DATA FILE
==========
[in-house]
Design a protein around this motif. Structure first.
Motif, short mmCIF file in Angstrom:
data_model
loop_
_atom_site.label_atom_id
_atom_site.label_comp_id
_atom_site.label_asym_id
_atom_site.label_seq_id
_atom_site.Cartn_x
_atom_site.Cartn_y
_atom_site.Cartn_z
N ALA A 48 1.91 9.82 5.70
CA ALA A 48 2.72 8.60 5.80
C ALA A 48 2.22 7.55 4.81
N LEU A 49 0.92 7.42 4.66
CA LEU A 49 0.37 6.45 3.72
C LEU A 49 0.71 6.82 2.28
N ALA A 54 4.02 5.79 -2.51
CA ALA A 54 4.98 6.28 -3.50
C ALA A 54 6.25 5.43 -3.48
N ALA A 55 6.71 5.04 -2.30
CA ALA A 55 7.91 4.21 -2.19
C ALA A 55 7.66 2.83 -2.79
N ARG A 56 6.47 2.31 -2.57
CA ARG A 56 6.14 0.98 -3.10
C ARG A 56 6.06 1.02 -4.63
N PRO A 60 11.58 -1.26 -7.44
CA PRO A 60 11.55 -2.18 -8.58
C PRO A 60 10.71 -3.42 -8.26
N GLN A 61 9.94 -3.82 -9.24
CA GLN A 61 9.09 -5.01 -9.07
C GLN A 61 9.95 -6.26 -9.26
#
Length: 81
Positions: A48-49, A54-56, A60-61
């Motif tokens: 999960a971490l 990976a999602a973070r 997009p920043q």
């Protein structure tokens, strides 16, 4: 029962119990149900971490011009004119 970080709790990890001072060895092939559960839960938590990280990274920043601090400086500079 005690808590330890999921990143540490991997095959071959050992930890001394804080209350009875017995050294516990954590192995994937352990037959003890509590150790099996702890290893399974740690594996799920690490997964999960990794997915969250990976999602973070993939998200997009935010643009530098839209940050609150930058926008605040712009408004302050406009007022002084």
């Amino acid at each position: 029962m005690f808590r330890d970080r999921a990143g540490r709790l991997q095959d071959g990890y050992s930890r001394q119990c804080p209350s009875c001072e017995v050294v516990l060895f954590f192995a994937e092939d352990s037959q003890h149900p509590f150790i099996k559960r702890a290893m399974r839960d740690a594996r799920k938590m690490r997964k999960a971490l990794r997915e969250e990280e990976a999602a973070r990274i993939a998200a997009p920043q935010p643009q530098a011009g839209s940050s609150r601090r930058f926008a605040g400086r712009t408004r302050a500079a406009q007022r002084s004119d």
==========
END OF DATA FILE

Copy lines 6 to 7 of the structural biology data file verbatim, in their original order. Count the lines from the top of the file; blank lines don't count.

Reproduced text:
_atom_site.label_atom_id
_atom_site.label_comp_id